We had arrived in Sicily the day before, traveling from the airport in Catania to our hotel in Taormina on a gloomy, rainy day. The next morning dawned clear, with temperatures already climbing toward 50ºF (which for these Minnesotans was akin to beach weather).
We only planned for one night in Taormina, so we would not have time to exhaustively explore the area. But I was determined to make room in the schedule to see the mountaintop village of Castelmola. What better way to battle jet lag than by lacing up the running shoes for a morning run with my son …. winding our way through Taormina to reach the zig-zag path up the mountainside.
My much-speedier son bounded up the steps, and on to the path that led to Castelmola via the Madonna della Rocca. At one point, striped tape was tied across the stony steps. When I paused and questioned whether perhaps the path was washed out up ahead, my son cavalierly responded, “Looks like fake news to me.” And away he went … as I huffed and puffed behind him, trying to maintain some semblance of running form.
Thankfully, there were many reasons to pause and take in the view of Taormina below, with the Ionian Sea beyond. Periodically along the path were sculptures depicting the Stations of the Cross, giving the rigorous morning outing a feeling of a pilgrimage, as well.
Upon reaching a plateau, the street sign reminded us that the climb to Castelmola was not over yet.
The last stretch of the path sent my heart rate through the roof, as the incline seemingly never-ended, with the tease of the village straight above us.
Our climb finally opened to the Piazza Sant’ Antonio with the charming Caffe’ Bar San Giorgio perched on the edge of village square. The combination of jet lag and a challenging run/hike uphill left us parched, with the downhill journey back to the hotel still ahead of us.
Thankfully, I had stuffed a 10 euro note in my jacket pocket, so we could take advantage of the picturesque cafe seating and a classic cappuccino, with a bottle of water to rehydrate for our downhill trip. We also ordered a freshly squeezed glass of orange juice, which ranks up there with the tastiest and most refreshing beverage ever! What we learned as the week went on, is that everywhere in Sicily the fresh-squeezed orange juice is spectacular — a benefit of visiting during January, when the oranges are in season.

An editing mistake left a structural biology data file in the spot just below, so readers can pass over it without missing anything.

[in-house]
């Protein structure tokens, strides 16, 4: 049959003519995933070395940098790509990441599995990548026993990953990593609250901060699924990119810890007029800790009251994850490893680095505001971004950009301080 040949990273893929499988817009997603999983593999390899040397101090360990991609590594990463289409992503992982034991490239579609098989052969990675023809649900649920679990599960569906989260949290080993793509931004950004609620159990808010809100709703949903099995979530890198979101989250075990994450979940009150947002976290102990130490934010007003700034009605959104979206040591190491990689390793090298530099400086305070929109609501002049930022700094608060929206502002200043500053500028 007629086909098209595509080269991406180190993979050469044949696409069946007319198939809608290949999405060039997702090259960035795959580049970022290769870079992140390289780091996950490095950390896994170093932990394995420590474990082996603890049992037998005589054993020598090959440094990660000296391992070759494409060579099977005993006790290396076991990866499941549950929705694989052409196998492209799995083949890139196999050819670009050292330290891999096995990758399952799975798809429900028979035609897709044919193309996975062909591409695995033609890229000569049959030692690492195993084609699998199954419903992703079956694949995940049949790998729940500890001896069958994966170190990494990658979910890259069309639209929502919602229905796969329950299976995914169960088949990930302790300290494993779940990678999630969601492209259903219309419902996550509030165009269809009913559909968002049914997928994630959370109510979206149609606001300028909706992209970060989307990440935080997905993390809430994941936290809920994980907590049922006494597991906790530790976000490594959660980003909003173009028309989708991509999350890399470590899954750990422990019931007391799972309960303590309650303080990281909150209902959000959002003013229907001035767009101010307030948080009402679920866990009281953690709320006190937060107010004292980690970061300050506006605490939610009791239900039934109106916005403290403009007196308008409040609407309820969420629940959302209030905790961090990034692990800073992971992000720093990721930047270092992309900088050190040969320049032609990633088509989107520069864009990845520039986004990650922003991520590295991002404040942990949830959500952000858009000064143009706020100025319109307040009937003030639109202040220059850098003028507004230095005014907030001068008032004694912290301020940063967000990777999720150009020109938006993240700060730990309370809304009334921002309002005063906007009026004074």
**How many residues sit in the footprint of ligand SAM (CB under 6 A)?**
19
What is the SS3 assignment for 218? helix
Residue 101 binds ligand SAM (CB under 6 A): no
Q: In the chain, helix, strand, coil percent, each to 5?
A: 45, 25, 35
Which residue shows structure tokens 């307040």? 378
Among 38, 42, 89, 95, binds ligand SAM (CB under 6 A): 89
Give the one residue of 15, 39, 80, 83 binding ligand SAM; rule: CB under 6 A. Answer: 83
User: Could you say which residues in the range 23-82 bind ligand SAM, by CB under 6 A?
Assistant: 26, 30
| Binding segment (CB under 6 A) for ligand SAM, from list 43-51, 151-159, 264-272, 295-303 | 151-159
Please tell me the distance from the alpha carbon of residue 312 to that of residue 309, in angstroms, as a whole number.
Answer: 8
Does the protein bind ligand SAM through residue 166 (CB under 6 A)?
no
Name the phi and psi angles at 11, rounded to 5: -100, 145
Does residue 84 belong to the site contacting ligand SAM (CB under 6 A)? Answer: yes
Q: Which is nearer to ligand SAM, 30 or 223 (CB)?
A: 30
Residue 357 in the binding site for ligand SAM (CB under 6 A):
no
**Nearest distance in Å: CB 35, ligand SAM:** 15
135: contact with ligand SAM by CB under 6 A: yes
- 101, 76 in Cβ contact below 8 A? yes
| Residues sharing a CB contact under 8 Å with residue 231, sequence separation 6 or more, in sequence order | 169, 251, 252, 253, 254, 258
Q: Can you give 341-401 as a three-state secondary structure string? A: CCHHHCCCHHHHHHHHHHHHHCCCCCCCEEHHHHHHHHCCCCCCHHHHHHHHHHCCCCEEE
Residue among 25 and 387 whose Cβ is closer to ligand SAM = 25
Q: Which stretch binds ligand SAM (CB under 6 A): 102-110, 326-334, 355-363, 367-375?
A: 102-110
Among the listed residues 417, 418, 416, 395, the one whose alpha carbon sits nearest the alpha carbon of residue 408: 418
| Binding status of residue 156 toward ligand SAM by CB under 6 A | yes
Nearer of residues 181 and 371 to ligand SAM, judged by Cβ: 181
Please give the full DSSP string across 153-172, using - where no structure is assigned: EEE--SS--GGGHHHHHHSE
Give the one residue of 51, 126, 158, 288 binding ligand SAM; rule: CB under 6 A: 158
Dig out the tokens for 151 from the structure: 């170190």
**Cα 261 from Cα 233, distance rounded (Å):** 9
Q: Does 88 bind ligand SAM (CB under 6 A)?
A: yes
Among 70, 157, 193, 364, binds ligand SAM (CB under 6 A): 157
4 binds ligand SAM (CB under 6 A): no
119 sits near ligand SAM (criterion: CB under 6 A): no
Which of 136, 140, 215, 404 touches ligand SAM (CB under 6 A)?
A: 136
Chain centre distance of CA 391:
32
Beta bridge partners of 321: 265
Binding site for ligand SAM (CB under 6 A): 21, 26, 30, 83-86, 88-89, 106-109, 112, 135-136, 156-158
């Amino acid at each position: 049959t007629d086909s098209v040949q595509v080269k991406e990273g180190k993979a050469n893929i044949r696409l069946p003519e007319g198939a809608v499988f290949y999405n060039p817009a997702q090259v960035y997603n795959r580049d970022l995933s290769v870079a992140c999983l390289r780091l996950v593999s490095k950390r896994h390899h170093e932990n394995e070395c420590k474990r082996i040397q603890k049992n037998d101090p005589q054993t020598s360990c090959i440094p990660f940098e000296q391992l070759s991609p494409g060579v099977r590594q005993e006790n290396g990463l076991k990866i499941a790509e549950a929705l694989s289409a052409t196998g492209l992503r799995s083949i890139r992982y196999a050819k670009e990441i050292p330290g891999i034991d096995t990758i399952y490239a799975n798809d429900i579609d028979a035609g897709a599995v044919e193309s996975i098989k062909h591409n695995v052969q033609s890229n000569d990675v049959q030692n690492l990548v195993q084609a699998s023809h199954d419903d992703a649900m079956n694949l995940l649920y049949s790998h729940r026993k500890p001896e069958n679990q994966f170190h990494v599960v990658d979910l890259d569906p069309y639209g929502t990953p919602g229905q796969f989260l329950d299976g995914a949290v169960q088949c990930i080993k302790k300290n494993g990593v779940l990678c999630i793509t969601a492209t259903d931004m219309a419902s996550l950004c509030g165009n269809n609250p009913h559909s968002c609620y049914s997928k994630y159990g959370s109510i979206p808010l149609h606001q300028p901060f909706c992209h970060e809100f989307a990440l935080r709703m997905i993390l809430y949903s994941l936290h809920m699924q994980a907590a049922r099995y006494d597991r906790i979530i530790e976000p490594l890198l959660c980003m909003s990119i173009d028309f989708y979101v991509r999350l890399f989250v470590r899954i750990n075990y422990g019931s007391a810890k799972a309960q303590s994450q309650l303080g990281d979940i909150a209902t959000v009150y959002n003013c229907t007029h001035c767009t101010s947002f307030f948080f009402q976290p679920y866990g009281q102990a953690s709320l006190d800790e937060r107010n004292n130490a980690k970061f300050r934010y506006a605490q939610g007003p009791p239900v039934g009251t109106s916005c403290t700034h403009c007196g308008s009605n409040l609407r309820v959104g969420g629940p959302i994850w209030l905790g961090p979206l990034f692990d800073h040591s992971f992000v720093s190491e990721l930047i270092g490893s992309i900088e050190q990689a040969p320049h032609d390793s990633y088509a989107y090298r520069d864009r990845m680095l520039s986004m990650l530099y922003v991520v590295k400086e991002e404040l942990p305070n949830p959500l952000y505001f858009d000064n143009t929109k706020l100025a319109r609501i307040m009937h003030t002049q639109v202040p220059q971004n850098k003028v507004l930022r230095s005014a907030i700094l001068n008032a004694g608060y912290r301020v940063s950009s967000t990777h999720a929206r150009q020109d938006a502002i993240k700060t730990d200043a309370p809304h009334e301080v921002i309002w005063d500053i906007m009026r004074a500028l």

We entered the square in Castelmola and a rustic truck drove by with its loudspeaker calling out to the residents, announcing the arrival of fruits and vegetables for sale.
My son and I took a few minutes to wander the narrow, meandering paths of the village, still quiet as the day began.
Mt. Etna provided the postcard-worthy backdrop to Castelmola’s public library.
Knowing my husband and younger son were waiting for us to join them for breakfast back in Taormina, we headed down again, refreshed and refueled after our mountaintop stop.
Completing our run with a circular route, we took the path off of Via Branco to Taormina.
The village of Castelmola quickly receded from view, as we bounded downhill and wound our way along the narrow path leading to the touristed streets of Taormina. I encouraged my son to go on without me, since he had so patiently waited for me to catch up on several occasions on the first half of the trek, but he kindly hung with me as we finished what ended up being an almost 5-mile outing.
Oftentimes the best vacation memories are not the iconic sights, but instead the times when you soak up your surroundings without the fancy window dressings of a tour or excursion or timetable in hand. Do more than just visit a destination … enjoy the journey.